Time Crisis 3 needs fixing..

PCB problems and fixes
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system11
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Re: Time Crisis 3 needs fixing..

Post by system11 » March 21st, 2019, 8:53 am

Hydreigon wrote:
March 20th, 2019, 9:41 MP
system11 wrote:
March 20th, 2019, 8:19 MP
Fan on the removed board was ****, rust everywhere.
Sounds like a place to start (I mentioned the fan issue earlier). I forgot what the inside of an early rev System 246, A or B, looks like. Rev C onwards combined both the Namco and PS2 boards into one. I'd replace the fan and clean/reseat the pcbs in that "bad" System 246 that was removed.
It won't even chime on the test bench, there's nothing to reseat aside from dongle and the ribbon connecting it to the board.
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Re: Time Crisis 3 needs fixing..

Post by Hydreigon » March 21st, 2019, 1:13 pm

leonardoliveira wrote:
March 20th, 2019, 10:37 MP
The serial will be on test pads unfortunately there is no diagram for the arcade boards. There are diagrams for the regular PS2s, though.
I hope someone knows how to repair these. It's threads like this that make me concerned on emulation for any Namco System 2X6. I am not the best with this hardware but the OP seems to be a bit stubborn on the "condition" of these boards (never said if he even cleaned both boards or checked all the important components, chips, ram, etc). Edit: forgot the OP can only access one side at this time due to a bad lock. Good luck on that and tell us how the other System 246 rack is.

Had a similar story on a twin Time Crisis 2 I purchased. Both boards would boot fine but were covered in dust and grime when I first purchased that machine. I ended up cleaning all the boards, cages and fans to prevent issues like these (the infamous C404 error for example). This type of maintenance is especially the case with rare and/or fragile arcade hardware.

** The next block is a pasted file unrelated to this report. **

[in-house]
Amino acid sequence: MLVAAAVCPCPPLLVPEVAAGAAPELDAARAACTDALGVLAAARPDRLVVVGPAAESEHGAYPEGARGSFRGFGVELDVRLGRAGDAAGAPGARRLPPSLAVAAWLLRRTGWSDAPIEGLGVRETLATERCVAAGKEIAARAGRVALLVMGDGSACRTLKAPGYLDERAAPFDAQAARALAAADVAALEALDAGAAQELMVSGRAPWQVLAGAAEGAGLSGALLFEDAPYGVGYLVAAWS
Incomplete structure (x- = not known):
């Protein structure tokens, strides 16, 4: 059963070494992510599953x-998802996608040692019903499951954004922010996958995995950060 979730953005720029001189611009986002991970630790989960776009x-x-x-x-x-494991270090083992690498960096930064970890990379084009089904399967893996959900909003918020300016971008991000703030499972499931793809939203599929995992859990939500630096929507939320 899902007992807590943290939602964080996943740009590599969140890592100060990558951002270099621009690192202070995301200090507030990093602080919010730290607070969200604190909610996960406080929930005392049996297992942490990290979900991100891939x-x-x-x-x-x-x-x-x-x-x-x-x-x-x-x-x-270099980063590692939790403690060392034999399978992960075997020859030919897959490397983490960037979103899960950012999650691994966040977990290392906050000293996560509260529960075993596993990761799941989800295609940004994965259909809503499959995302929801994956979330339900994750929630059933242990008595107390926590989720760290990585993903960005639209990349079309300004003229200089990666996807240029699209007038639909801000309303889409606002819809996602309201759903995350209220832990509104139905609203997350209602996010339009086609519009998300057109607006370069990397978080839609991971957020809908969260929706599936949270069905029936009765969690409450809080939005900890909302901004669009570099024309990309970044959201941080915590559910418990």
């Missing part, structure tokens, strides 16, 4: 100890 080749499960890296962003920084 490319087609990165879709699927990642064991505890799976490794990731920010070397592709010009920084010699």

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system11
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Re: Time Crisis 3 needs fixing..

Post by system11 » March 21st, 2019, 10:43 pm

Unfortunately it's nearly pointless trying to diagnose hardware this new, all custom, surface mount etc. I gave it a visual check, cleaned up a few bits of corrosion, but there's a chip which overhangs its own pins - I think possibly a BGA fitment, it sat right below the rusty fan and I think there's a fair chance there's corrosion under there since the outer body of a nearby capacitor is clearly corroded. A few tracks and pins on various surface mount customs are showing early signs of corrosion but checked out with a continuity test. The old power supply was worse inside, obvious corrosion affecting tracks under the PCB and various components.

The life of a seafront arcade cabinet unfortunately, at least the guns are perfect - I totally rebuilt them when it arrived as they'd been abused as usual, even the outer casings are new.
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Re: Time Crisis 3 needs fixing..

Post by leonardoliveira » March 22nd, 2019, 1:15 am

Put a pic out
Image

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Re: Time Crisis 3 needs fixing..

Post by Hydreigon » March 22nd, 2019, 2:25 pm

system11 wrote:
March 21st, 2019, 10:43 MP
Unfortunately it's nearly pointless trying to diagnose hardware this new, all custom, surface mount etc.
Depends on the hardware but I wouldn't even call it pointless. Sega Hikarus are far worse to diagnose due to the fragility of that hardware (those BGA custom chips that are a bit easy to break). While there has been some successful attempts at repair, BGA equipment costs a lot of money. In the case with rare arcade hardware that isn't known as much, diagnosis has to be the best option. Namco System (Super) 22s are another example of hardware that repairs of either power cycling or no 3d isn't completely understood afaik.
system11 wrote:
March 21st, 2019, 10:43 MP
I gave it a visual check, cleaned up a few bits of corrosion, but there's a chip which overhangs its own pins - I think possibly a BGA fitment, it sat right below the rusty fan and I think there's a fair chance there's corrosion under there since the outer body of a nearby capacitor is clearly corroded.
I'm pretty sure the fans used in these Namco System 246s were ball bearing (imo the most effective if maintained correctly). A person on reddit explained the whole ball bearing fan wear and tear issue with a Time Crisis 2 once (C404 error). What happens is the fan over time shreds it's bearings and they blow tiny flecks of metal along with dust and dirt. Too much dust/dirt buildup can cause either insulation on some chips causing them to overheat or interference of some traces and contacts. I do not like BGA components especially in this case.

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Re: Time Crisis 3 needs fixing..

Post by leonardoliveira » March 22nd, 2019, 10:03 pm